11 April, 2005

Evaluating the downward spiral

For a while I've been pining for a good economic analysis of the descending curve of peak oil. I've finally got something like it, courtesy of the IMF - an analysis of what impact high oil prices (over $80/bbl) would have on economic growth worldwide.

Now that I've got it, I realize that I don't actually know enough about economics to evaluate it. Crumb. Anyway, I can see well enough what assumptions the IMF is making: they don't seem to believe in peak oil. Their projections are based on a spike above $80 in 2005 and a subsequent decline until 2009 as production increases and demand fades. Both of these are pretty stupid assumptions. Everyone in the world agrees that demand is going to go up, and how. It's possible that we'll see wild production increases coming out of Iraq, which presumably ought to be able to match the 9-11 Mbd that the U.S. and Saudi Arabia produce. But not soon, and probably not apace with rising demand.

The result? Well, apparently not much. Average GDP hit for rich countries: 0.6%. Average GDP hit for "developing" countries: 1.5%. Considering China is supposed to see 8% GDP growth rates in coming years, this oil problem maybe doesn't seem like a show-stopper.

I don't put too much stock in this report, given the shaky assumptions. But there's some interesting stuff to glean: for example, the United States does worse than other industrialized nations (taking a 0.8% GDP hit) because of its comparatively higher oil intensity. Read: our cars are bigger and boozier than theirs are. It's been said a billion times, but I'll say it again: fuel economy, fuel economy, location. Err, I mean, fuel economy.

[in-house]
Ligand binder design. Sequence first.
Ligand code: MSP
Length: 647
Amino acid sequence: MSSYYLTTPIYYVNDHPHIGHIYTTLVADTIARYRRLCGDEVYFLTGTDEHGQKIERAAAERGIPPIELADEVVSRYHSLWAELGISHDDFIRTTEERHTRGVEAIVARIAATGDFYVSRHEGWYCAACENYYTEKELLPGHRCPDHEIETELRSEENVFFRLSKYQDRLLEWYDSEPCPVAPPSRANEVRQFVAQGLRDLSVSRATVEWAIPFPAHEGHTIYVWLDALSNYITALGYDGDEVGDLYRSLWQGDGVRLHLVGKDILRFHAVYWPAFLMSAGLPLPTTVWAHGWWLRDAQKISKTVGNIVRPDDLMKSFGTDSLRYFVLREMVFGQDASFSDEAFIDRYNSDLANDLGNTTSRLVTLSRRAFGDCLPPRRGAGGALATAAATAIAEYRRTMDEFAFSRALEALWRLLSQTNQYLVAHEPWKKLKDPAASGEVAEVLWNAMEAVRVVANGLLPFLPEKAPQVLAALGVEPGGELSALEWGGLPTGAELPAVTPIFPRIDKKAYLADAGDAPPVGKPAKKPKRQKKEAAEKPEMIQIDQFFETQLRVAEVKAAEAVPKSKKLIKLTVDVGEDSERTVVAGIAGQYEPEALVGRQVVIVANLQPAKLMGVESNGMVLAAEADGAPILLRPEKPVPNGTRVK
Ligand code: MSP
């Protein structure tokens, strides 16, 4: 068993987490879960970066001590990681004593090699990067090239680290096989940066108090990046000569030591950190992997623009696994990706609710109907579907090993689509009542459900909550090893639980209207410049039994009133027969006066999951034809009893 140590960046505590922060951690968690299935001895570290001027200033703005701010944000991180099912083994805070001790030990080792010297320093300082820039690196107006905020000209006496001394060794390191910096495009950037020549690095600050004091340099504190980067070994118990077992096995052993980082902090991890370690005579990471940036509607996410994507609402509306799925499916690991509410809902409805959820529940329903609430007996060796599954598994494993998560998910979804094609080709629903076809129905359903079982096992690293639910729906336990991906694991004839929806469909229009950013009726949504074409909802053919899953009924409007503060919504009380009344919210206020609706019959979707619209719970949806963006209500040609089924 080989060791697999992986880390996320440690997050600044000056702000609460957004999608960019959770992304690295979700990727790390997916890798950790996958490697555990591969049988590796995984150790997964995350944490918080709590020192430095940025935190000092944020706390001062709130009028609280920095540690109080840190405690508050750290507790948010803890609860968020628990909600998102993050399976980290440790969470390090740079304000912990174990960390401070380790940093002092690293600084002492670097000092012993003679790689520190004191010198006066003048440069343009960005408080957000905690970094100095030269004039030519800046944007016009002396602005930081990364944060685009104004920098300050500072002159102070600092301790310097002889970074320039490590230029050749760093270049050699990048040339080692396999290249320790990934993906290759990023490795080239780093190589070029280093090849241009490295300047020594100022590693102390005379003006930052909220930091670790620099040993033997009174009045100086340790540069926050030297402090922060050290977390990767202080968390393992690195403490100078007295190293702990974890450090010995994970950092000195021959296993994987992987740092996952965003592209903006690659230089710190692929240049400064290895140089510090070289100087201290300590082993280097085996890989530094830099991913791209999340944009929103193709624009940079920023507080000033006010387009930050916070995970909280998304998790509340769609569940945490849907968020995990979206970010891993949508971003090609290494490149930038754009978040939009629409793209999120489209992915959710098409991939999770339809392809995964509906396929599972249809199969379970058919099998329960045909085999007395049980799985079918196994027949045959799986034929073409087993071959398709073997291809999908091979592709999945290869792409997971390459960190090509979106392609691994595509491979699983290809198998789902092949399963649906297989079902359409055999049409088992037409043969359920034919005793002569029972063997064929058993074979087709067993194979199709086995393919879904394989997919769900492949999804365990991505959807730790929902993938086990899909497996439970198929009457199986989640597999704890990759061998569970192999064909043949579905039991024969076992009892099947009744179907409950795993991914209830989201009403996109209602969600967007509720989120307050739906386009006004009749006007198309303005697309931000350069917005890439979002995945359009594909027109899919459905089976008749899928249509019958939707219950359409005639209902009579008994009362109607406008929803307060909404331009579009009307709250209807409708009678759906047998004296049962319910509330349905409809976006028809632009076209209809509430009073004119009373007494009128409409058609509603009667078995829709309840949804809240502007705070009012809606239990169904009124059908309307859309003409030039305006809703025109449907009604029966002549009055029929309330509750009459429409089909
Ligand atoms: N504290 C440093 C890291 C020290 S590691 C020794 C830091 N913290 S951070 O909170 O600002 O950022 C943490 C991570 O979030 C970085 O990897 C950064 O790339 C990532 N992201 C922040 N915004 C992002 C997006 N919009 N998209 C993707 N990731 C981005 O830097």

Postscript: Incidentally, while I'm commenting on things I don't understand very well: it's always irked me that economists point to increasing efficiency as a sign that oil shocks now won't be as bad as they were in the 1970s. Oil intensity is measured in consumption per unit of GDP - but this seems to ignore the possibility that not all oil consumption is going to be equally productive. E.g. driving my car to the beach to surf is obviously not as useful as driving my tractor across an acre of farmland. So similar reductions in oil intensity could have drastically different effects depending on which sectors see the most dramatic conservation. In an extreme case, the most critical productive sectors may be increasing their intensity while the country as a whole sees conservation. I'm not saying this is necessarily what's HAPPENED, merely that I think existing analyses are too crude to consider this possibility, and I'm not confident this hasn't taken place.

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